Henry Valentine Miller (December 26, 1891 – June 7, 1980) was an American writer, expatriated in Paris at his flourishing. He was known for breaking with existing literary forms and developing a new type of semi-autobiographical novel that blended character study, social criticism, philosophical reflection, stream of consciousness, explicit language, sex, surrealist free association, and mysticism. His most characteristic works of this kind are Tropic of Cancer, Black Spring, Tropic of Capricorn and The Rosy Crucifixion trilogy, which are based on his experiences in New York and Paris (all of which were banned in the United States until 1961). He also wrote travel memoirs and literary criticism, and painted watercolors.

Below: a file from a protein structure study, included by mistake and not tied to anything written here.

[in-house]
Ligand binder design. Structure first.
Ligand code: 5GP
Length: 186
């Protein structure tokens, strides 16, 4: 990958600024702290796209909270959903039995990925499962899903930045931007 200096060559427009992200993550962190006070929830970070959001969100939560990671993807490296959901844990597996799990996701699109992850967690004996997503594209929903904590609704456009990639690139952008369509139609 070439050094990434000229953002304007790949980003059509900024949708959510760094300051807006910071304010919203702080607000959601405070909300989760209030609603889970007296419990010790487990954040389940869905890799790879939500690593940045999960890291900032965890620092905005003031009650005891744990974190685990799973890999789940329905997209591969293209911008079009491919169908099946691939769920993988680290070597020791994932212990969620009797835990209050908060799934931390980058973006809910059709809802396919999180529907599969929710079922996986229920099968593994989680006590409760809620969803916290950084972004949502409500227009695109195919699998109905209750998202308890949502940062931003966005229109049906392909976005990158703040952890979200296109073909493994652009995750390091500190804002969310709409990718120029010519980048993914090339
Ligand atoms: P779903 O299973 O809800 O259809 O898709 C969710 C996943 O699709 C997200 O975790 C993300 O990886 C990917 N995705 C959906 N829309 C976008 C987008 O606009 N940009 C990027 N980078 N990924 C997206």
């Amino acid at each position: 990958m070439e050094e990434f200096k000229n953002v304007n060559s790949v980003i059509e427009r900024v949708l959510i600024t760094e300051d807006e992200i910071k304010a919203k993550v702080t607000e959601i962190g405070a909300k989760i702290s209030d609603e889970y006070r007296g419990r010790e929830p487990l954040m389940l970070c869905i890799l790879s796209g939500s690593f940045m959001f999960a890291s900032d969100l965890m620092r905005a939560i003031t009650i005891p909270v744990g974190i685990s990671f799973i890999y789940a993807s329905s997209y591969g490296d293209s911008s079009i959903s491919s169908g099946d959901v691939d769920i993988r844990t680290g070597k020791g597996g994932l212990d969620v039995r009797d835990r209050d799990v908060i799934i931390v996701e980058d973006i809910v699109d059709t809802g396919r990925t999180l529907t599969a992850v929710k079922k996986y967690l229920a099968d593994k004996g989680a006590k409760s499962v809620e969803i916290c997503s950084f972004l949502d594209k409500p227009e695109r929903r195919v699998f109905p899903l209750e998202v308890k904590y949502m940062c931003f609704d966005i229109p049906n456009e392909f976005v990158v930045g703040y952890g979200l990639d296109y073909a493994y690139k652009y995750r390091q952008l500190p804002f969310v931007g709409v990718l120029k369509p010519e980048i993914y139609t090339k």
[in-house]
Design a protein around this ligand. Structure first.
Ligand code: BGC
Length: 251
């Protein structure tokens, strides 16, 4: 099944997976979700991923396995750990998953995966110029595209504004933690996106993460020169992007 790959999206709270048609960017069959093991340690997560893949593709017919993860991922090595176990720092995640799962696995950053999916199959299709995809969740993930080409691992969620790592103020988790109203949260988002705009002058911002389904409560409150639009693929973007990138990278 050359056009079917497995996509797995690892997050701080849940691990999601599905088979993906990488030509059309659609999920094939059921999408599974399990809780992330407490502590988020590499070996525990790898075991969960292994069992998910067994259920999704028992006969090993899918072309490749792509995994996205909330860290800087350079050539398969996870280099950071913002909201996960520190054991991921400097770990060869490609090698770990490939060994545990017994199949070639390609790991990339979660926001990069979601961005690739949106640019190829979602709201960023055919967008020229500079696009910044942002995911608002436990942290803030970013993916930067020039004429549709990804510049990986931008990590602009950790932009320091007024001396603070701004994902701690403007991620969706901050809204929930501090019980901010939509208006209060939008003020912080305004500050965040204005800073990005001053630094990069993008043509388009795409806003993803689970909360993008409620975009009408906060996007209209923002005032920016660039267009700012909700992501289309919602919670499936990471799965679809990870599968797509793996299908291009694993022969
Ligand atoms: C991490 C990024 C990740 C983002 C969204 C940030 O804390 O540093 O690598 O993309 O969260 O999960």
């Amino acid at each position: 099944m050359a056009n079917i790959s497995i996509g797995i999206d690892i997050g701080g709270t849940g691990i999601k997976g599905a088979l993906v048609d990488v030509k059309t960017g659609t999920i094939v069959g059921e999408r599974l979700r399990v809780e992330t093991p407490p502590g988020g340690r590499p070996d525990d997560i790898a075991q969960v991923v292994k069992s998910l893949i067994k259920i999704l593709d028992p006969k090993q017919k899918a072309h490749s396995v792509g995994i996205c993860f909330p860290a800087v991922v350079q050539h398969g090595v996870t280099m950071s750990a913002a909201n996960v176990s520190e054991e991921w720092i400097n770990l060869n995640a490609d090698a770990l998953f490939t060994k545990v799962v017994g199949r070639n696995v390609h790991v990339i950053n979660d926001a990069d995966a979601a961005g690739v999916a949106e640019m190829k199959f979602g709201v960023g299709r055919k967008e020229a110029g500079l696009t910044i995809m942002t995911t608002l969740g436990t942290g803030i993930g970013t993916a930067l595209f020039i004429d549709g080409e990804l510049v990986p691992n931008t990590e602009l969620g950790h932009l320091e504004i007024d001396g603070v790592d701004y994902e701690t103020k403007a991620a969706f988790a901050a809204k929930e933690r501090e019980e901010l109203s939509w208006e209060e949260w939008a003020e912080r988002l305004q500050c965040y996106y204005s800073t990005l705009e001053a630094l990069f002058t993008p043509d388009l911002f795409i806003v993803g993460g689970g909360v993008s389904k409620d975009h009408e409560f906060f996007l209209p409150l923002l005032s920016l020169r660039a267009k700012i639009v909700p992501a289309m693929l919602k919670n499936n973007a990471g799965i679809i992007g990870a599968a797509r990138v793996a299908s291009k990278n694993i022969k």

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Instead of bucking your head against a stone wall … sit quietly with hands folded and wait for the wall to crumble. If you're willing to wait an eternity, it may happen in the twinkling of an eye. For walls often give way quicker than the proud spirit which rules us. Don't sit and pray that it will happen! Just sit and watch it happen.
What have we achieved in mowing down mountain ranges, harnessing the energy of mighty rivers, or moving whole populations about like chess pieces, if we ourselves remain the same restless, miserable, frustrated creatures we were before? To call such activity progress is utter delusion.